Then as I entered the walking zone starting at the end of “Keventers” the only sigh of relief was the expresso and the hot dogs from Keventers which still tastes the same, but the place has lost its signature wrought iron chairs and beach umbrellas. Next door “Singh Studio” is no longer a studio, it been extended into a bookshop – still retains its supply of postcards with pictures of the toy train, Kanchenjunga and the works but has lost the “Archies Cards” and its humongous collection of the music tapes, I sorely missed the sounds of Air Supply, Uriah Heep and Lynard Skynard as the doors of the studio swung open to a flock of school kids who probably would not even know that Archies had a soul for every heart that broke, every love story that happened in the Darjeeling of my times. As I walked past was stuck by a deep longing for the softy ice cream cones that we used to relish in the freezing cold mornings en route to college, “Puris” the only medical store that sold softy ice creams is history, in its place stands an two-storeyed something selling shoes, clothing and lingerie with an array of leather bags. This ugly two-storeyed something has also merged the “Liangs” where uncle Liang sold his Chinese shoes and down under aunty Liang served the best “pork fried rice with Chinese sausages” prepared with love from her own kitchen and served in her own personal dining table all at a cost of thirty rupees a plateful. Sometimes I feel it was more of the need to feed the young and hungry than economics that drove the Liangs. Then the worst part – the solitary maple with its burnt orange leaves shining in the evening sun rays is nowhere in sight! A Kentucky Fried Chicken signage and a shop selling Samsung mobiles and electronics stand solemnly where my maple tree stood. Well its a pleasure to see Glenarys stands tall with its age-old structured windows and decor, the only thing missing is the exclusivity and the hesitation that people faced before entering this eatery of yore where through the open windows floated glimpses of the elite of Darjeeling biting into those dainty cucumber sandwiches with proper “Darjeeling” in porcelain teacups poured from pots covered with the floral cosies!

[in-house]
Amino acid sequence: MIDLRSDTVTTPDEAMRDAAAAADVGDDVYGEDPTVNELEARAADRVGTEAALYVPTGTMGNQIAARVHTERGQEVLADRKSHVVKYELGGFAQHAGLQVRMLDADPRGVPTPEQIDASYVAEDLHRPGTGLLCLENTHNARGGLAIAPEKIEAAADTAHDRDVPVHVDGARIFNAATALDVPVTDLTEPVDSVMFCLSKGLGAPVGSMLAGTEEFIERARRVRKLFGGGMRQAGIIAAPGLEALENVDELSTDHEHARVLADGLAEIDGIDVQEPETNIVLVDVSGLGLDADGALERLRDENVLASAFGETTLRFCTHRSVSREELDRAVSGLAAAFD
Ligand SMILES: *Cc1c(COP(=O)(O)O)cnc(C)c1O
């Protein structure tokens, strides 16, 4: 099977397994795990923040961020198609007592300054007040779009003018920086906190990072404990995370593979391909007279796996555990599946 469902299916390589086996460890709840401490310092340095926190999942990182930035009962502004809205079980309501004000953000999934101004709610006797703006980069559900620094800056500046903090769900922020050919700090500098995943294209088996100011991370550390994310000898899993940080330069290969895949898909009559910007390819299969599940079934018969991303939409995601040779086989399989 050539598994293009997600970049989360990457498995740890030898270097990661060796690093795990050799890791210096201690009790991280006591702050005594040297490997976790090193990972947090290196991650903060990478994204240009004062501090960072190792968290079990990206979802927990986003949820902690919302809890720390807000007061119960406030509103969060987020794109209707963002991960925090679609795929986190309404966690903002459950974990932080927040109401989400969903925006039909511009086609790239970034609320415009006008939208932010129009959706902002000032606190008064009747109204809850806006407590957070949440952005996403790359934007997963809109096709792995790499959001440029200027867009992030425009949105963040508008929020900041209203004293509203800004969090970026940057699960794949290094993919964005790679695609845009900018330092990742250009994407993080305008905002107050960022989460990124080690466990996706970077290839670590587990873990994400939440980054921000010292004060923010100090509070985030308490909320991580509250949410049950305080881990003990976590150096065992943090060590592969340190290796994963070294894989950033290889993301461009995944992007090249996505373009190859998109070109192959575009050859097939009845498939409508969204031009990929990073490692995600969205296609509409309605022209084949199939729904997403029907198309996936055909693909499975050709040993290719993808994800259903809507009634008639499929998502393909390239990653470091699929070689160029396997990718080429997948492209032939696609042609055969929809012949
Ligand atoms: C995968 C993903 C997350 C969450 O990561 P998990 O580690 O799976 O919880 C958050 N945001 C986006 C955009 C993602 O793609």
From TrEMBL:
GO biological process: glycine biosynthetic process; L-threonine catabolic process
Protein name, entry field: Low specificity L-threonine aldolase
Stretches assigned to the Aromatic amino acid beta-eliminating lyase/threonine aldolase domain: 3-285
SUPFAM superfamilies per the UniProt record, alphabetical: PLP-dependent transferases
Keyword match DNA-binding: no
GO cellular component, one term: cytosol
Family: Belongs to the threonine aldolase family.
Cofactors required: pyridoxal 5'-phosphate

“The Mall” – the heart of Darjeeling town, where you could just about do anything – jog, meditate, laugh, gossip, fight, ride ponies, give speeches, carry out a cleanliness drive, oogle at girls or even boys, sleep on the benches, have a picnic lunch, dance, sing songs or simply experience the changing hues of the Kanchenjunga, still looks the same though the feel is completely missing. Horses are very few, its more plastic than horseshit filled and a huge LED television at the end of Chowrasta spoils it all, Oh why Oh why a television here??? And the quaint little crooked lane below the mall leading into the gates of Alice Villa and Hotel Elgin has been converted into a shopping mall selling Chinese made wind chimes, sleeping and laughing buddha statues, slippers and the works. Those crooked hideouts from where we used to watch Shahrukh Khan shoot for “Raju Ban Gaya Gentleman” and where the rosy-cheeked children played hide and seek has been rearranged beyond recognition – so much for those Chinese souvenirs!!
I did not dare to venture beyond unto the other end of the Observatory Hill lest I lose my imagination – the Darjeeling of my nostalgia where many a morn and eve I have wandered alone on long walks with dewdrops falling on my head and only those green rails and the Kanchenjunga for company…I really did not want to lose this feel which I shall make sure I carry to my grave.
This article was originally published here.
Writes: Sujata Chowdhury